Mumbai Metro work to save city liquor vendor from ban

While MMRDA has asked PWD for city's highways to complete metro work, it will hand the denotified highways back to PWD once it's over

An under-construction Metro site on the highway near Malad. Pic /Nimesh Dave

Tipplers used to frequenting bars along the Eastern and Western Express Highways can raise an early toast. The Mumbai Metropolitan Region Development Authority (MMRDA) and the Public Works Department (PWD) seem to have the perfect answer to the Supreme Court ban on the sale and consumption of liquor within 500 metres of highways, which had dampened much of the city's nightlife and threatened the livelihood of thousands.

The WD and MMRDA have on principle agreed to a swap of the highways. This means that the Eastern and Western Express Highways will now be under the jurisdiction of MMRDA, not PWD. Denotifying the highways and turning them into cityroads means that the 340-odd liquor shops, and restaurants and bars along WEH and EEH can carry on as usual. The government agencies however, say it's the Metro III project and city's ongoing infrastructure overhaul that has led to the swap.

MMRDA officials claim they have asked the PWD to hand over the two highways for faster completion of the Metro rail project, and after completion will be handing the highways back to PWD and will be handing over the two highways back to PWD, reinstating their highway status. This, for the moment at least, makes the relief for highway liquor business short lived.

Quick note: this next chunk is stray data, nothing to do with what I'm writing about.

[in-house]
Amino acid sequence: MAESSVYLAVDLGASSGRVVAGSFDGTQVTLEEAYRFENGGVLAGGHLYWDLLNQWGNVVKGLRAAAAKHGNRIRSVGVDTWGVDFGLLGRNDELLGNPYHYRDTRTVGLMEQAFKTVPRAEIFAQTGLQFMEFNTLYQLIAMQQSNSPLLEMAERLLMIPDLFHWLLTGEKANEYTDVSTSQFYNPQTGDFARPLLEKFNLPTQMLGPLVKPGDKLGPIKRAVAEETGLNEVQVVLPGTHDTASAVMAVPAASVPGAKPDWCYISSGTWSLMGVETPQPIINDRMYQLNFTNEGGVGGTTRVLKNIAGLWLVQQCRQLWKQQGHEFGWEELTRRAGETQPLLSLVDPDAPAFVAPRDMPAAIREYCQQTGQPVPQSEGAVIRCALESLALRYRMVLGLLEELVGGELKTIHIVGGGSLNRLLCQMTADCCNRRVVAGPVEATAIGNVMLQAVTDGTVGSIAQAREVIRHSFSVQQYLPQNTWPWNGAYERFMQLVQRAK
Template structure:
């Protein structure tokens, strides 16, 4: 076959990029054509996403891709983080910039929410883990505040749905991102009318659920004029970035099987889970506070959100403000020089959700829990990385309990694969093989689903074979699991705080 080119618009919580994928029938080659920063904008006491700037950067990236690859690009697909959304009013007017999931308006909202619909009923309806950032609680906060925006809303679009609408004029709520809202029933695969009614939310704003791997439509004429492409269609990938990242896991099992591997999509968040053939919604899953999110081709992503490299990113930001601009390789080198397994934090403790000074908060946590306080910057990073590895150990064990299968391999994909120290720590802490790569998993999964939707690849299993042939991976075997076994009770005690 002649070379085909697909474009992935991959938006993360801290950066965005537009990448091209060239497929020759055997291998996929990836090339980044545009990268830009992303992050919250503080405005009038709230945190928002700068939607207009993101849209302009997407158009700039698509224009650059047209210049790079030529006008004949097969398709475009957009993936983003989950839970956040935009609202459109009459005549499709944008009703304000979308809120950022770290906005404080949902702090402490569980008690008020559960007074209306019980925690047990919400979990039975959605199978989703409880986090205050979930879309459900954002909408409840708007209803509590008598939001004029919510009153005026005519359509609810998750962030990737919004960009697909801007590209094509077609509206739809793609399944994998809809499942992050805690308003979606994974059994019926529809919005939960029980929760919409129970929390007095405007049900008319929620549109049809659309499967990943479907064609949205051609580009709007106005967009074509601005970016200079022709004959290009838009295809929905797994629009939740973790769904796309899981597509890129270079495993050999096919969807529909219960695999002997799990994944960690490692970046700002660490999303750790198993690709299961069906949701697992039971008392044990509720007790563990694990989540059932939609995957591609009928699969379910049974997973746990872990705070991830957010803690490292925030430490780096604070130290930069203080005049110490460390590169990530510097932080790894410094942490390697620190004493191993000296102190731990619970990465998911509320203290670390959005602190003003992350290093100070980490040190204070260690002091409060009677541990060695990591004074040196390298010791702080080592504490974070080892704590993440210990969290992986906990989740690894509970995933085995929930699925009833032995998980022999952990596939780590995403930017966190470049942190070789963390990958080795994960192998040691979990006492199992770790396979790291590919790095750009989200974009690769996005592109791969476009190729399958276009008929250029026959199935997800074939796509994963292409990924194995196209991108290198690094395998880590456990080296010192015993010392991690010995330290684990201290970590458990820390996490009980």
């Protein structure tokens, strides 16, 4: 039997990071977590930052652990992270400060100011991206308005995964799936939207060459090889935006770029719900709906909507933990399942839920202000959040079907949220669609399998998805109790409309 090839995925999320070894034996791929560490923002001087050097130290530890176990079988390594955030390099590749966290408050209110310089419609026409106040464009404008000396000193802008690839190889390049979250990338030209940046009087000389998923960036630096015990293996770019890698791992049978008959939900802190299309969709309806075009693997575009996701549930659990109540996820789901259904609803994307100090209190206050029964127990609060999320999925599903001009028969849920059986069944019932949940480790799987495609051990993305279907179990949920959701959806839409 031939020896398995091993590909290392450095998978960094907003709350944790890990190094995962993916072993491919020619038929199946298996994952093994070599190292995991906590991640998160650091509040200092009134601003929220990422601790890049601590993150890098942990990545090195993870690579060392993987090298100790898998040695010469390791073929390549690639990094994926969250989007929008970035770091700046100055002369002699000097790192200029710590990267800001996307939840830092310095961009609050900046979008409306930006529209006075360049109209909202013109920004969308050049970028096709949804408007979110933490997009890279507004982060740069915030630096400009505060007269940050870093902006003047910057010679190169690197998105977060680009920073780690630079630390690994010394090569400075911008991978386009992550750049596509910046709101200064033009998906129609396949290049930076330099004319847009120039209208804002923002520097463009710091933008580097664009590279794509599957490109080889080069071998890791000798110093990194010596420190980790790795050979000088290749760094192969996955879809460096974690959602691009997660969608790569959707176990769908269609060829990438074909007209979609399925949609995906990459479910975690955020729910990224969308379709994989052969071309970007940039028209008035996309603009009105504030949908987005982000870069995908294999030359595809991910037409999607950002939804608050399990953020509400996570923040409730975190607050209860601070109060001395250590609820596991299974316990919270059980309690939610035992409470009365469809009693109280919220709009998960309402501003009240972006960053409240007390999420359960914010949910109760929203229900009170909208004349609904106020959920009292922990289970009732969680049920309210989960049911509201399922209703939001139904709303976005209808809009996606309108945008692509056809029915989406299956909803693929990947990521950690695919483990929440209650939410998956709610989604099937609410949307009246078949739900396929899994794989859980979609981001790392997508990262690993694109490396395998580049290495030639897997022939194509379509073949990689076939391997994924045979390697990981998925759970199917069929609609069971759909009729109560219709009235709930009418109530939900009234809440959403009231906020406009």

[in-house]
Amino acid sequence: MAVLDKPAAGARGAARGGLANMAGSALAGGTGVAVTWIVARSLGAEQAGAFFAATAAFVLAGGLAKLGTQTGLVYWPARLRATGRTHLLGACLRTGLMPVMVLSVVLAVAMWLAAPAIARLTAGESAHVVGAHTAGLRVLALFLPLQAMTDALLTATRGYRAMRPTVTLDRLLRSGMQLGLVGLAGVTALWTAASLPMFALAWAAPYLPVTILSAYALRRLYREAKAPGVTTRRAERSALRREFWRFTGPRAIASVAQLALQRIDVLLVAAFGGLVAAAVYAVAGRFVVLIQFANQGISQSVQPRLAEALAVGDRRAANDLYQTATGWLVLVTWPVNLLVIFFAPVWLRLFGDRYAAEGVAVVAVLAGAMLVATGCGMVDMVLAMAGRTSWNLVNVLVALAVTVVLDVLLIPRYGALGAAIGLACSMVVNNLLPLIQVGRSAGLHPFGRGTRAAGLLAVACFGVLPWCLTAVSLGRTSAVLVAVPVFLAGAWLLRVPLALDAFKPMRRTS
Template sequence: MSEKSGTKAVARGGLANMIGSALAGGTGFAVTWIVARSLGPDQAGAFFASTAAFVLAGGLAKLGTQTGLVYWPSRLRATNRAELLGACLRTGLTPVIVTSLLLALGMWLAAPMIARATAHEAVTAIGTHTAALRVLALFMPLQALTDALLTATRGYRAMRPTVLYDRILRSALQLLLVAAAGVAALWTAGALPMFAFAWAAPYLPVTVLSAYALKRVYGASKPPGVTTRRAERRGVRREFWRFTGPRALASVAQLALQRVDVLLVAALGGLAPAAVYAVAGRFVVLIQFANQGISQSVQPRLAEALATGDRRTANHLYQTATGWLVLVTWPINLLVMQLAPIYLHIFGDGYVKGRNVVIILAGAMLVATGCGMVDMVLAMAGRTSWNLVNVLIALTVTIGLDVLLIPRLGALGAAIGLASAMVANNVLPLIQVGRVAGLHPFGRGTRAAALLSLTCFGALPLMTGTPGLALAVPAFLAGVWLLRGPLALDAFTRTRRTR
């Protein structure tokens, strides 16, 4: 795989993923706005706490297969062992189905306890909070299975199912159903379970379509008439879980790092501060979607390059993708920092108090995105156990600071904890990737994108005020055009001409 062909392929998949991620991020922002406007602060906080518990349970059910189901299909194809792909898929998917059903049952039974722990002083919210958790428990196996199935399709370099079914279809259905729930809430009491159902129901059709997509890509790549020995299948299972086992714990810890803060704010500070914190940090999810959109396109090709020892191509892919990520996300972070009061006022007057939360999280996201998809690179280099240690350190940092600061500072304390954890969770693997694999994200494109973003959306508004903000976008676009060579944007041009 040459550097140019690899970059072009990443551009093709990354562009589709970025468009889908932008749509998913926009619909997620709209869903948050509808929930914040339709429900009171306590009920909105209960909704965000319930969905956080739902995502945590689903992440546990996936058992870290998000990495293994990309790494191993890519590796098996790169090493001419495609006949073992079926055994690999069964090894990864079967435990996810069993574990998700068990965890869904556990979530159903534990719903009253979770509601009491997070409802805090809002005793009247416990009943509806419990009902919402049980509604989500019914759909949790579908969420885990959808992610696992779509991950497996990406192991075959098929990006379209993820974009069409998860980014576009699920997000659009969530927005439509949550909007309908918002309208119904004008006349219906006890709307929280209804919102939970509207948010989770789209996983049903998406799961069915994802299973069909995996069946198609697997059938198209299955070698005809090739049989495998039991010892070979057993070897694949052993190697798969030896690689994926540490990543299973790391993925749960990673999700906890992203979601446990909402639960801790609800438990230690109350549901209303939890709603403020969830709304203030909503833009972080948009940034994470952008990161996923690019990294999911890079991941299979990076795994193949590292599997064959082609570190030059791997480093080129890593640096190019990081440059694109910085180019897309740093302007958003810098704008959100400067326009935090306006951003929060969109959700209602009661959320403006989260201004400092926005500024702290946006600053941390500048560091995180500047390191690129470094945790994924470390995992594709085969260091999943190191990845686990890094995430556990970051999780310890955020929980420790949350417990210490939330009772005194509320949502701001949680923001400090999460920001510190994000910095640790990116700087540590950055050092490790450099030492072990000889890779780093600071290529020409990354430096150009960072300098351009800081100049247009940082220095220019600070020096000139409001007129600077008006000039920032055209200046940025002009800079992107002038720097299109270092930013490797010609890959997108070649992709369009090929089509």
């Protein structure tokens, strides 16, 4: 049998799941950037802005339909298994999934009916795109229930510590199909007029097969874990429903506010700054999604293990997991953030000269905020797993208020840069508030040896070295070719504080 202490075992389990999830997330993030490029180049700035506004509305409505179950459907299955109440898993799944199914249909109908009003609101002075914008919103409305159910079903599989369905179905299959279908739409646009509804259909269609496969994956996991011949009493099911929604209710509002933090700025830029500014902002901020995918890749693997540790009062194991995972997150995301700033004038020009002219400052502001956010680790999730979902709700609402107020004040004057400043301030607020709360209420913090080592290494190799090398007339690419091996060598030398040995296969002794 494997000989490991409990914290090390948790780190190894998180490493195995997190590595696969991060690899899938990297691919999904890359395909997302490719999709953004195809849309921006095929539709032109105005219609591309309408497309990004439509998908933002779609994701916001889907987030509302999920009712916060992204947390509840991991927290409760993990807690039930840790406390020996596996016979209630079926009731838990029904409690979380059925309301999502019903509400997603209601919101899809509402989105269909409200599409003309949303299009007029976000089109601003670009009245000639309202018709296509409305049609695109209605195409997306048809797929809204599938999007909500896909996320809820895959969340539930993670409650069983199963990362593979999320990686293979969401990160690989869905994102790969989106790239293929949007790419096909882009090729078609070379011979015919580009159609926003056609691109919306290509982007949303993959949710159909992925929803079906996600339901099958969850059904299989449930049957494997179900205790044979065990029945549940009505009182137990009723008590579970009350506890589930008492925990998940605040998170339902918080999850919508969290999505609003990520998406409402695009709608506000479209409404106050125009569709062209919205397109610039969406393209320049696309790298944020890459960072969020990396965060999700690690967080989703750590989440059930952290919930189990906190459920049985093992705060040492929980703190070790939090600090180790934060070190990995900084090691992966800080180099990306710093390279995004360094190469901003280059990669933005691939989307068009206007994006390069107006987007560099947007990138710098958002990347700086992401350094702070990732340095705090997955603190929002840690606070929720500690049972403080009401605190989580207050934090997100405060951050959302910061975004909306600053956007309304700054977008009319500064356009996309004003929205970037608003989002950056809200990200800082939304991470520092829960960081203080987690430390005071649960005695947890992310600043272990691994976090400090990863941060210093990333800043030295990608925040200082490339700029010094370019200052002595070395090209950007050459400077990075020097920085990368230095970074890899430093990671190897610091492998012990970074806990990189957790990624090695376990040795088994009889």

“We got a letter from MMRDA to denotify the WEH and EEH as they are carrying out work on the metro rail. We will check the rules before taking a decision. Also, if the denotification happens, it will be only be until the metro work is on. After that, both highways will be handed back to us,” said Nitin Kareer, Principal Secretary, Urban Development Department. MMRDA wants to acquire land for the construction of metro stations and believe having the highways under its jurisdiction will make coordination easier and cut out red tape.

Sources in the State Excise department have said that if the two highways are handed over to the MMRDA and later handed back to PWD, the decision to revoke and implement the SC ban would need to be taken by the state government.

"We have had a meeting with Chief Minister Devendra Fadnavis over the denotification of highways across the state wherever possible. The MMRDA's decision is a big respite, at least for Mumbai, for the time being,” said Adarsh Shetty, President, AHAR.
While the 16.5-km long Andheri (E)-Dahisar (E) metro rail has a deadline of 2019, which sources said could extend to 2020, the EEH is being asked to be denotified for the 32-km Wadala-Ghatkopar-Thane-Kasarvadavli metro rail. This R14,549-crore metro rail will partly fall on the EEH.

In Maharashtra alone, 15,699 establishments, including restaurants, bars and liquor shops, were shut following the ban that came into effect on March 31 to bring down the number of highway accidents that are attributed to drinking and driving.

 

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